Expectations among the quartet for the Nov. 5 race in NYC are practical, to be sure.

“Being my pro debut, there is not a ton of pressure,” said Schaffer. “The No. 1 goal is to go out there and have fun. Since I have been here, I have learned that is a big part of ZAP. Running is fun, so job 1 is to enjoy what we are doing. I saw the field of runners the other day and I would be happy being able to finish in the top 15 among the 32 elite athletes entered. From a grading perspective, Top 15 would be a B-plus kind of day. If maybe I can finish in the Top 10, that would be an A-plus kind of day.”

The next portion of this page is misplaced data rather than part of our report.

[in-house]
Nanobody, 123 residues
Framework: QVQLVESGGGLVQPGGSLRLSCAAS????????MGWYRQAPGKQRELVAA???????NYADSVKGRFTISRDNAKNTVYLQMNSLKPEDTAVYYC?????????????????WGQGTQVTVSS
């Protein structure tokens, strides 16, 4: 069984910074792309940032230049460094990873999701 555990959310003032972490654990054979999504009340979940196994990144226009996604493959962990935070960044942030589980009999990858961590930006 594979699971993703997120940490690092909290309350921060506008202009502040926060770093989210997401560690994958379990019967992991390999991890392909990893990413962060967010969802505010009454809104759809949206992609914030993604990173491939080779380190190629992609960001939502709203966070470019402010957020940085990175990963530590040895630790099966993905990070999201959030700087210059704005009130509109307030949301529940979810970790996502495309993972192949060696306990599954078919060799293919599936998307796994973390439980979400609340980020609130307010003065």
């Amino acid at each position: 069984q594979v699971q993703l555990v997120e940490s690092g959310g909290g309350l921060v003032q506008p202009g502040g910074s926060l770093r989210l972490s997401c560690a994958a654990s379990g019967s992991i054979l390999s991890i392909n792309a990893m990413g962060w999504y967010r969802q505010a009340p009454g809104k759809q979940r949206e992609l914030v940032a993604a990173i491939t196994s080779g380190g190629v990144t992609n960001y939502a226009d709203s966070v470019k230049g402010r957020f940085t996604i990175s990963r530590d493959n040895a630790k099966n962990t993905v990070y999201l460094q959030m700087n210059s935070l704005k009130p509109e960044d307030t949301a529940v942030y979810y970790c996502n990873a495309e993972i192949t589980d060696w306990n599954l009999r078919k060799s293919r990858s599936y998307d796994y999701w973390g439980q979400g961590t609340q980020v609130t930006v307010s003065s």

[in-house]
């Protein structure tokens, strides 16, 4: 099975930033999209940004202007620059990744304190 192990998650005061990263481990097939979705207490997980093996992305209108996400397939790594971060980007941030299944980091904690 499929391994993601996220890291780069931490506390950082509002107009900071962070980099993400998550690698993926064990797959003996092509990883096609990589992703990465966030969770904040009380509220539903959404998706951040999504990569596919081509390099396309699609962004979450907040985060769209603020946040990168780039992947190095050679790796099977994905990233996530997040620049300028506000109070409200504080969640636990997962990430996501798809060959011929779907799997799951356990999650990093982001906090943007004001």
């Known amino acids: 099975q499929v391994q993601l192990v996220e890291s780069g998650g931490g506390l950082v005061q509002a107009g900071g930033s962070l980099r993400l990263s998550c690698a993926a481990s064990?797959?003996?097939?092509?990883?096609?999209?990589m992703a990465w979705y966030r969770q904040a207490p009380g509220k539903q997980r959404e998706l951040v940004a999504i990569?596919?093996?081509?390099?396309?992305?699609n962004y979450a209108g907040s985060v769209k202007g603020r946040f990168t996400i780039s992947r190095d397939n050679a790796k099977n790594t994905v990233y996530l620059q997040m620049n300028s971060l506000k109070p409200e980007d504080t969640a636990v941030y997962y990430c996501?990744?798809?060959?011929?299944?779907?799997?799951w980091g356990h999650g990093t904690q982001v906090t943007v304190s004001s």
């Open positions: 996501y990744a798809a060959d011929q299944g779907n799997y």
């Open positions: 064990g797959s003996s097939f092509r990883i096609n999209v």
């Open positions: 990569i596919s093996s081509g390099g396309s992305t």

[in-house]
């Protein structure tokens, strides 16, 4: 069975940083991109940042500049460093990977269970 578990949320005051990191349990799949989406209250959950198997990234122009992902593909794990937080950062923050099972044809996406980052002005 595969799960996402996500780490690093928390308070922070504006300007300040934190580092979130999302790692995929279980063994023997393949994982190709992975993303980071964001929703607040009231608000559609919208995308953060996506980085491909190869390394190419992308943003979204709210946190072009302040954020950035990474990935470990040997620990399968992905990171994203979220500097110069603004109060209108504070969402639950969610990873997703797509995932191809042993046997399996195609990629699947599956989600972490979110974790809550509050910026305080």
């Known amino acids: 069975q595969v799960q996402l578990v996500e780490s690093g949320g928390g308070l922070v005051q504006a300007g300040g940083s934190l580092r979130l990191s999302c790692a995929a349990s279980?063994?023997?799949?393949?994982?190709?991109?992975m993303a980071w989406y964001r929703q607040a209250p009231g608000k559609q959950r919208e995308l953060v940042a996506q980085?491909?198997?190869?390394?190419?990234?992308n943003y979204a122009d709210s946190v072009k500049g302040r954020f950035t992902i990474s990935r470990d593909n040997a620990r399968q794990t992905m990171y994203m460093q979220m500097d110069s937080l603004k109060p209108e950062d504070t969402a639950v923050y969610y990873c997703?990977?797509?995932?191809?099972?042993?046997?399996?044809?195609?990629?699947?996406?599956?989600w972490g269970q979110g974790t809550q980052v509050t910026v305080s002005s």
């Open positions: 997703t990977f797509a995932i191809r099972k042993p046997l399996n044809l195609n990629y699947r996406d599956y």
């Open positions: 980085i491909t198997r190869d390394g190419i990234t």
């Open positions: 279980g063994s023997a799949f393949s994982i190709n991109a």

While Colley is using the U.S. 5k Championships as almost a speed training run in prepartion for the upcoming U.S. Cross Country Championships, van der Els is similarly realistic.

“The field for the 5K championship was just released and there are guys on the list who have been in the professional circuit for a long time. They have a lot of experience. So I am excited about racing with and against the best in the U.S. for my debut. My goals are relatively modest, to get in there and compete and try to beat as many guys as I can. After this, we have a race on Thanksgiving morning up in Manchester, Conn., so I have another race close to home. That will be a little longer, about 4.7 miles. That will be a test, aerobically, to see where I’m at. Following that, I will racing on the track, in the 5k in Boston, Dec. 3.”

Andrew Colley of ZAP Endurance, preparing for the USATF 5k Road Championships in New York, being held on Nov. 5. Photo by David Rogers